If you want to source training content from internal knowledge, there are a variety of ways to readily achieve this. Like many solutions, there are both simple and powerful alternatives. The training content and objectives…
If you want to capture knowledge for training content, there are a variety of ways to readily achieve this. Like many solutions, there are both simple and powerful alternatives to capture knowledge. The training content and objectives will determine whether you need a quick fix or a dedicated solution. Let’s consider a range of options to capture knowledge at your professional services firm.
In part 1 of this series, we examined the use of documents, slides and videos to capture knowledge for training content. Let’s continue reviewing options starting with presentations.
Presentations occur when your internal experts give a live presentation to other staff to share knowledge and provide training. This often happens with the use of slides. It might be during a team meeting, at a staff conference, at a regular ‘lunch and learn’ or on a webinar. In all cases, it’s your internal expert presenting their knowledge.
This can be a great way to capture and share internal knowledge. While the presentation of knowledge is essential, that can also be done by documents, slides or videos on their own. The important part of the presentation is the interaction.
Other staff should be able to ask live questions to the internal expert to boost understanding and explain uncertainties. An excellent presenter will also engage the audience with questions and discussion, increasing engagement and participant rates.
The tricky part with presentations is the presenter. Internal experts are not always great speakers. Too often these sessions become ineffective due to a simple inability of your internal expert to present their knowledge in a way which is easy for non-experts to understand. They may not effectively organise or structure their thoughts, or they may be a disengaging presenter. It’s at this moment we hit ‘Death by PowerPoint‘.
Presentations are also a ‘moment in time’. Unless the session is recorded, the effort to create and run the presentation is not re-usable. As discussed above, slides are often hard to understand on their own. Asking your internal experts to repeatedly present their slides is inefficient.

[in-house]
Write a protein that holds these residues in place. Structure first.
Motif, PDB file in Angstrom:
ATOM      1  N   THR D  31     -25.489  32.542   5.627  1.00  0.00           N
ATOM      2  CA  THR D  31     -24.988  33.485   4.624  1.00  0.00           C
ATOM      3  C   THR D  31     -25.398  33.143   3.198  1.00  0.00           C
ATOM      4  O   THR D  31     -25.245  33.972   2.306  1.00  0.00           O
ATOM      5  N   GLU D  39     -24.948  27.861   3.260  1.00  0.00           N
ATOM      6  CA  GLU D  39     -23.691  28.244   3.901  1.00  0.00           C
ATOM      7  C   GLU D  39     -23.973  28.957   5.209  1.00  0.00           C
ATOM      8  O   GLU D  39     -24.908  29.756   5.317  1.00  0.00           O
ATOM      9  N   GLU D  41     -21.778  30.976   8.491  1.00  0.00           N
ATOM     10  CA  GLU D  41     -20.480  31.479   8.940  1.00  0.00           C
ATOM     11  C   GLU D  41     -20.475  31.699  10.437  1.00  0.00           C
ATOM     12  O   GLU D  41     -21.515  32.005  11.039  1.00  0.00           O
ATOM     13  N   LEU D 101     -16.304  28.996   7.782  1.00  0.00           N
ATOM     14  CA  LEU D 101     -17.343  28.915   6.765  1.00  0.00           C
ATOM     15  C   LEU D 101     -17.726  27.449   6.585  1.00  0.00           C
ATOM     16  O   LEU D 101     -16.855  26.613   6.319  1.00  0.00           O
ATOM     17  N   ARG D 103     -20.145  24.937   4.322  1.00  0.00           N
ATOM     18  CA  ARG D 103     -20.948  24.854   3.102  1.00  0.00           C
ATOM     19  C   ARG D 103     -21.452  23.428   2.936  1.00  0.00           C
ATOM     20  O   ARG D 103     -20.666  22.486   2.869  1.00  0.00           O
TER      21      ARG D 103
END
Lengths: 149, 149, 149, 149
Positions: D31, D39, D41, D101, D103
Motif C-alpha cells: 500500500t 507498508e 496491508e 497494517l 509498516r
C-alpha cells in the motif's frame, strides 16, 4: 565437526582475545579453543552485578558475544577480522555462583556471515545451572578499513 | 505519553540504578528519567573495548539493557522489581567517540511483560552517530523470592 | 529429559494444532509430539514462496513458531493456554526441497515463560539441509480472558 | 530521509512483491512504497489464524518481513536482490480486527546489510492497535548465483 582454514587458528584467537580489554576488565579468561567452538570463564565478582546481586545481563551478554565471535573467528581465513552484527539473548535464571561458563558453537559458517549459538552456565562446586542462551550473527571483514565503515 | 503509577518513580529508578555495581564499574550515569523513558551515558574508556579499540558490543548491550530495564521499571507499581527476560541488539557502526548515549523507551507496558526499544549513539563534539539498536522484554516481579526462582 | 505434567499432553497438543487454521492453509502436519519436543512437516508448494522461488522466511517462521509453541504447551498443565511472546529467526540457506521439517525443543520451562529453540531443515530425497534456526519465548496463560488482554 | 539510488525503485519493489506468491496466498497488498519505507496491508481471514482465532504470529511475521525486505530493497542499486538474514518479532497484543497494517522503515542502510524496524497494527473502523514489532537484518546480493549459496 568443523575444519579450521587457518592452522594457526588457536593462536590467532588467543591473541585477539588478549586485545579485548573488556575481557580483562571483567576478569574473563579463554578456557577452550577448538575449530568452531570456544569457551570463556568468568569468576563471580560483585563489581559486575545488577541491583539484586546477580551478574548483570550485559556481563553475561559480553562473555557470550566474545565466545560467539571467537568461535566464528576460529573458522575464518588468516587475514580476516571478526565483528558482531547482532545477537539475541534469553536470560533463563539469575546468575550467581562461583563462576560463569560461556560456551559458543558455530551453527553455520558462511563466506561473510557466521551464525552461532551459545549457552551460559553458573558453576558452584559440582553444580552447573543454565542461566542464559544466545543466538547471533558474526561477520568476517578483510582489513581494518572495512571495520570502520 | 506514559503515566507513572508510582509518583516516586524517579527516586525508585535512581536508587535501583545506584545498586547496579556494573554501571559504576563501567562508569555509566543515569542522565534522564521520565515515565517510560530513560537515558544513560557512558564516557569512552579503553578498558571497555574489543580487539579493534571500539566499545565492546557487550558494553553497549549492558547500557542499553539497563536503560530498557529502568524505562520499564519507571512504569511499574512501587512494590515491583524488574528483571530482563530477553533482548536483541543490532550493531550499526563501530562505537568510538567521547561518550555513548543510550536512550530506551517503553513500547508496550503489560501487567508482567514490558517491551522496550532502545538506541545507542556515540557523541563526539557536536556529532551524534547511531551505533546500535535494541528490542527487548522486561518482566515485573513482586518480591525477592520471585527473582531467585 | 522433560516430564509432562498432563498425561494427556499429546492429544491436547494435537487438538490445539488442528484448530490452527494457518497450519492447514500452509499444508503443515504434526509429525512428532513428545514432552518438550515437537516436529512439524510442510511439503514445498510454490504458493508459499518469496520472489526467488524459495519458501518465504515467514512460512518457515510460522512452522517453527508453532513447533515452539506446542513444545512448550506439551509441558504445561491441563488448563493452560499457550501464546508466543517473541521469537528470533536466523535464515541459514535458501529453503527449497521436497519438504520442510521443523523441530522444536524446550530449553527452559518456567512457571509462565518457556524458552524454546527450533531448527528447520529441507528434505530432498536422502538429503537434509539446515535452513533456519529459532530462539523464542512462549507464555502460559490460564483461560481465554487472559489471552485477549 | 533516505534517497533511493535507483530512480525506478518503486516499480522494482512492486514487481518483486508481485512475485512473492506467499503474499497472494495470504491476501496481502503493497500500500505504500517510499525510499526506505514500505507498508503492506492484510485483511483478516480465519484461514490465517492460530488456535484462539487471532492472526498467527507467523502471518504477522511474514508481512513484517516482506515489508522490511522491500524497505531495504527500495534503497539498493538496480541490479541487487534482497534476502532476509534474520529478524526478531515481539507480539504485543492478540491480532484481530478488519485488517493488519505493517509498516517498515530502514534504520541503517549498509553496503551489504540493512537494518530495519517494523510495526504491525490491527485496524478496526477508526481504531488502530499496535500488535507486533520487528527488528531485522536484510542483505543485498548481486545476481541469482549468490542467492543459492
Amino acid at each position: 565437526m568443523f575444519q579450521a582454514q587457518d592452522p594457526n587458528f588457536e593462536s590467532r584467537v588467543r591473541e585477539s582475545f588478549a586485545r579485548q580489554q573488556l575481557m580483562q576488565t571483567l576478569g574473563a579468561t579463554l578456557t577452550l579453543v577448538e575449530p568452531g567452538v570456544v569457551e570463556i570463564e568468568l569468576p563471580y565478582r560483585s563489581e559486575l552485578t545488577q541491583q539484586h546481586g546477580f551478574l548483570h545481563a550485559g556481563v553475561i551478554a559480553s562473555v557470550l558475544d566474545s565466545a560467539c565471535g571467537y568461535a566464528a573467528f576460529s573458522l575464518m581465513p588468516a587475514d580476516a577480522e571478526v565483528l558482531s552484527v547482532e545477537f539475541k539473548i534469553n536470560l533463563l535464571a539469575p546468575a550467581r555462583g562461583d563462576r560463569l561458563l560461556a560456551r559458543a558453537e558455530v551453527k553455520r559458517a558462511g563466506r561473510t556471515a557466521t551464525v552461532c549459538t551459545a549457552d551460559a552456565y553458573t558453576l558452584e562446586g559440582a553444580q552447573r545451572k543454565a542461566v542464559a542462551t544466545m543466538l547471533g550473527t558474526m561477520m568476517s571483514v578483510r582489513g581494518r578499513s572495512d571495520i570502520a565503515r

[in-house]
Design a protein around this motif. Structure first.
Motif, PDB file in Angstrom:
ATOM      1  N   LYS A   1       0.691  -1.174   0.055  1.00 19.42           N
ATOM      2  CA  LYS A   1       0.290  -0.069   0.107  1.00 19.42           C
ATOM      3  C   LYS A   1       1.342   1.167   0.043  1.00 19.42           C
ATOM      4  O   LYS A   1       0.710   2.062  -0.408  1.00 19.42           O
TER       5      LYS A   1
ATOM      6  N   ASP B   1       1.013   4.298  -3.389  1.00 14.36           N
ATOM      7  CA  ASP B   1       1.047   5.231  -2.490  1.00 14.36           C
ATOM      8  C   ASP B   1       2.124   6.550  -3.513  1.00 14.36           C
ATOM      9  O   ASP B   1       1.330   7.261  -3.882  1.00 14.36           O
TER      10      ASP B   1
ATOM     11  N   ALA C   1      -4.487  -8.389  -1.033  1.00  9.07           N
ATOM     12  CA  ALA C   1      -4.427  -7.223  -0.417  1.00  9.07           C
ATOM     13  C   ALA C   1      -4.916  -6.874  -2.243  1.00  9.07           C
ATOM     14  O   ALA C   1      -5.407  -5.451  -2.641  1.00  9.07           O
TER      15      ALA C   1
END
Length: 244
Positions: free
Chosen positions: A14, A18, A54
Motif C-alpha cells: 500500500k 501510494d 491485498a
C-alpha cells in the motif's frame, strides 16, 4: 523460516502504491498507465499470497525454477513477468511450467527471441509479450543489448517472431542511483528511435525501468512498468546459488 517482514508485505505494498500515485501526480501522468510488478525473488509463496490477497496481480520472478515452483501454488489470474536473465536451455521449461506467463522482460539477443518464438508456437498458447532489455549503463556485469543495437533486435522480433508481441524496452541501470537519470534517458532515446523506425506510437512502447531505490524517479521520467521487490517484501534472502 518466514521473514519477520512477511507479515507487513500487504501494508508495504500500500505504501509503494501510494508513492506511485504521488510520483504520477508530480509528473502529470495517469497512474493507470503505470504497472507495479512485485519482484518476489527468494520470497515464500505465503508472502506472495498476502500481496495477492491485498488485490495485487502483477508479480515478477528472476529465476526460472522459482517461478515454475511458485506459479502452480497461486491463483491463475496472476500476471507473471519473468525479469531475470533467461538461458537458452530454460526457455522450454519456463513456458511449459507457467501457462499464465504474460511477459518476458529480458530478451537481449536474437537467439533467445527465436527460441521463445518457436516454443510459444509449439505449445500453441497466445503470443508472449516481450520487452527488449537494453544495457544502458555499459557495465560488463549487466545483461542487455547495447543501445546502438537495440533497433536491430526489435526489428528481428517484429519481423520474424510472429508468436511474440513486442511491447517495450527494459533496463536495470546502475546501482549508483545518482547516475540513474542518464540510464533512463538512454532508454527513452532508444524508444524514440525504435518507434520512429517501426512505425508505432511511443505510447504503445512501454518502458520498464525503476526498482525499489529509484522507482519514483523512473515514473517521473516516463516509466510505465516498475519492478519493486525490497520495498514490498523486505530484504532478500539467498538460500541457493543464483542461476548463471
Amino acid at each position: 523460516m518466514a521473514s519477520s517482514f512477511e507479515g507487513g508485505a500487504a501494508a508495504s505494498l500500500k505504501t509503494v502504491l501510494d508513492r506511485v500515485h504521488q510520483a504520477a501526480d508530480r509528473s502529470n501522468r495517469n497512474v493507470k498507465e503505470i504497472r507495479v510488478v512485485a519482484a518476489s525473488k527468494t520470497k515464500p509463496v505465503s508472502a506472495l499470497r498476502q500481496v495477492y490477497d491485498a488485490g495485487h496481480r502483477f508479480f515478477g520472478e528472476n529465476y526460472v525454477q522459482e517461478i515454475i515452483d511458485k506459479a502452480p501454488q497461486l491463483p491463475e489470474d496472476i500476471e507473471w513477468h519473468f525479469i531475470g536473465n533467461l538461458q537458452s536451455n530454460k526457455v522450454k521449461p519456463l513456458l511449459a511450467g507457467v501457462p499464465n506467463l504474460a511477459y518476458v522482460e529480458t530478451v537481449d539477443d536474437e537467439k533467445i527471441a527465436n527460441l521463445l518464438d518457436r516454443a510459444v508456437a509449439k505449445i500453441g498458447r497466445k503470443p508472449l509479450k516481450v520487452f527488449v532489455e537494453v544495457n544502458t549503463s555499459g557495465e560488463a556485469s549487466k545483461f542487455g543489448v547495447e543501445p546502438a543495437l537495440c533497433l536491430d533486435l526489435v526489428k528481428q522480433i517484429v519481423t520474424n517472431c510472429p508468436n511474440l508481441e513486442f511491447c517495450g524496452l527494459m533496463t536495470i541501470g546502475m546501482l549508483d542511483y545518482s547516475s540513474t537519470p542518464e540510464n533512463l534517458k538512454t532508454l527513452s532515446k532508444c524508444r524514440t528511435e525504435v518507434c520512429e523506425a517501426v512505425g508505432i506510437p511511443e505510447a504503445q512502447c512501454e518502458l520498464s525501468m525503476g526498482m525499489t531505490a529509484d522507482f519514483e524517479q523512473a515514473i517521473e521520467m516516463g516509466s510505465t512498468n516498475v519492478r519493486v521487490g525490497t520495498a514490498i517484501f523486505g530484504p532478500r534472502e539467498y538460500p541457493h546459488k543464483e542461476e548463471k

Recorded presentations or webinars are an option, but it is rare for a professional to actively engage with a long recording. Even professional TV shows struggle to engage audiences for more than 30-45 minutes, and that’s with TV-level budgets and staffing! Live presentations are amazing, but recorded presentations are often less effective.
Presentations can involve much work for a small (or one time) reward.
Social media platform
Internal social media platforms allow staff to share and exchange knowledge in a ‘close to real-time’ or ‘just in time’ fashion. Even small firms using instant messaging platforms can enable staff to quickly seek out expertise from within the firm when needed.
The beauty of social learning is that it connects the learner directly with the expert. The learner is also seeking information when they need it – when they are actively engaged in finding new skills or a new solution. They can often immediately apply this knowledge too. It creates highly motivated learners.
It can, however, create a burden for your internal experts. They can be asked for the same information repeatedly from multiple staff. Or they can face constant interruptions for small pieces of knowledge.
Knowledge sharing via social learning is also ‘shallow’. It is typically short, addresses very specific questions, rather than addressing a ‘deep’ analysis of the topic. Not all knowledge can be acquired ‘at the moment it is needed’ either. Sales skills, for example, need to be learnt in advance – you can’t stop a client meeting to quickly Tweet questions to your internal experts!
Social learning isn’t a sole solution to capture knowledge, but it is a great supplement to other formats of training content driven by internal knowledge.
eLearning (online learning) is an exceptionally suitable way to capture and share internal knowledge. As we have discussed earlier, eLearning is an extremely suitable delivery method for professionals. It is repeatable, available 24/7 in any location, and easy to monitor.
Putting internal knowledge into eLearning format also improves the way that knowledge is captured. It provides a better structure to organise the thoughts of your experts than documents or slides. It can easily encompass materials in slide format, as well as videos, but combine them with more interactive elements.
Quizzes, social learning, polls, reflection activities and assessments are easy to add to eLearning to boost the transfer of knowledge and measure its impact. Well, perhaps easy if you are familiar with eLearning authoring tools.
Therein lies the main challenge with eLearning – it’s only easy to create for experts in eLearning. eLearning authoring tools (like Articulate Storyline or Adobe Captivate) are powerful pieces of software with steep learning curves. In the hands of an expert designer, they can result in terrific training. The challenge is that your internal experts are probably not also experts in eLearning design.